Modern times come with no shortage of noise and activity. It’s easy to be overstimulated, constantly distracted at work or when walking down the street. By constantly shifting our attention like this, our stress levels rise without us even noticing. And often, we look to lightweight TV or our phones as an attempt to release our grip and relax.
Our team knows that feeling well. New York City, our home, is especially frenetic. And while we love it, it’s taken time and experimentation to learn how to balance that out.
We’ve found that getting lost in an activity is one of the best ways to decompress—many times better than kicking our feet up and doing nothing. That quality of getting lost in something is called the flow state. We’re thinking about it all this month. For a quick summary, click here. When you’re in flow, things have a way of slowing down. Our breathing settles and becomes clear. And we’re offered a respite from the stresses of our day.
A few years ago, our team began to experience this feeling, naturally, in a daily routine. During our most high-stress moments, we found ourselves turning to cooking, the simple act of putting a meal on the table. By occupying our minds and hands in shared activity, we were able to escape from our worries, experience a sense of control, and enjoy the present. After, we found that what we’d been thinking about somehow felt lighter, more manageable.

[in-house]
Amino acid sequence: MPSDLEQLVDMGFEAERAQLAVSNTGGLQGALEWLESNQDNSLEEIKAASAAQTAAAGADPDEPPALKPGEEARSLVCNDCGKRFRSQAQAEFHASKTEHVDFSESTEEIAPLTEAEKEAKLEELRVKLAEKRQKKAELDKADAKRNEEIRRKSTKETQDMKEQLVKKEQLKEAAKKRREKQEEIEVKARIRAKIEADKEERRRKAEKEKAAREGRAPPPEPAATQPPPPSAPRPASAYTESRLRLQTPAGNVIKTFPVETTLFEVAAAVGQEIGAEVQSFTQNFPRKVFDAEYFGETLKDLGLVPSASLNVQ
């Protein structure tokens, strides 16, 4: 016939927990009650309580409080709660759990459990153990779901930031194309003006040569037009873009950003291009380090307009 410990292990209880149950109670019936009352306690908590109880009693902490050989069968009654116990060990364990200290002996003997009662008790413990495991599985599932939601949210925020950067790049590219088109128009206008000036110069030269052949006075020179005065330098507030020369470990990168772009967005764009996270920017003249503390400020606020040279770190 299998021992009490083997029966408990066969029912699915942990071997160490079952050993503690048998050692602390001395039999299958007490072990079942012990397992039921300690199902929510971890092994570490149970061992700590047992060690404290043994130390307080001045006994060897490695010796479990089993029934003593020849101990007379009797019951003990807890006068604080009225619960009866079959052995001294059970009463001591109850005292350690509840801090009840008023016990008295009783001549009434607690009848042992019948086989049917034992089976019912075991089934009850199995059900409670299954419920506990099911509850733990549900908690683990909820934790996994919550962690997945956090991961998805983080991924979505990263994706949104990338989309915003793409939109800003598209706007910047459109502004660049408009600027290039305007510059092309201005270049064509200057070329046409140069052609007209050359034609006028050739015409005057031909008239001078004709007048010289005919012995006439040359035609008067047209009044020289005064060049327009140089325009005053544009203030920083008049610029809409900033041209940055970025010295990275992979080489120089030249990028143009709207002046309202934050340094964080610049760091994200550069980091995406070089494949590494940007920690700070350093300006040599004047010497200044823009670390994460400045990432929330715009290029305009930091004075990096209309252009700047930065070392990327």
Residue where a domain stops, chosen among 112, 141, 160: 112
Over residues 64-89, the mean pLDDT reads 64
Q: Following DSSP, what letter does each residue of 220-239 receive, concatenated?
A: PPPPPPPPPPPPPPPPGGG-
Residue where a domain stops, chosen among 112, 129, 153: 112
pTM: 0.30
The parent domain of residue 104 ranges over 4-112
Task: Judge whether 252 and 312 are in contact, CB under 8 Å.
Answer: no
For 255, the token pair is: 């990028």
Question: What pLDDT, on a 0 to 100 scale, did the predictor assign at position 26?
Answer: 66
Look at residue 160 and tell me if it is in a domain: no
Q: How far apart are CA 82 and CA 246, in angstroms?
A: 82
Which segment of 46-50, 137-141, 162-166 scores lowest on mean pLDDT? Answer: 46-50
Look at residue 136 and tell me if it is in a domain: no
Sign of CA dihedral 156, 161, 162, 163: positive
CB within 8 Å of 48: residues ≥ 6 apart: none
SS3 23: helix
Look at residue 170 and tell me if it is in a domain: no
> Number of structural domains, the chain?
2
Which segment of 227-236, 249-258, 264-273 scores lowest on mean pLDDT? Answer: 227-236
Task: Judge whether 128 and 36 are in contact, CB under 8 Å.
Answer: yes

We began talking about it with our friends and coworkers, surprised that we’d begun to feel the same way at the same time. We started cooking together, sharing recipes, and offering tips to those just getting started. That’s when the inspiration struck for our first brand, Equal Parts.
We always tell new cooks to start by practicing a few of their favorite recipes. While it’s exciting to cook new ones, getting to know a recipe helps you use your intuition. Once you have a feeling for the ingredients and the steps, things come naturally. You can add a pinch of this or a dash of that. You’re paying attention to the subtleties—the smell and feel of the ingredients, the motion of stirring or whipping—and then you’re in it.
Also, prep work makes it so that you’re not rushing to get the carrots chopped right before they’re supposed to go in the soup. Chefs call prep mise en place. And “my mise,” is taken to mean something akin to zen. If you get all of your ingredients ready to go ahead of time, you can get carried away in the motion of chopping, kneading, or stirring without the hurry. Plus, you’re less stressed out when the heat is on.
Of course, playing music and keeping the phone elsewhere can help you forget the day and get into the right mood. Plus, it just feels good.
Like most activities, bringing more flow into cooking is mostly about reducing distraction and paying close attention to the moment. And the smell of caramelizing onions is one of our favorite kinds of meditation chime.
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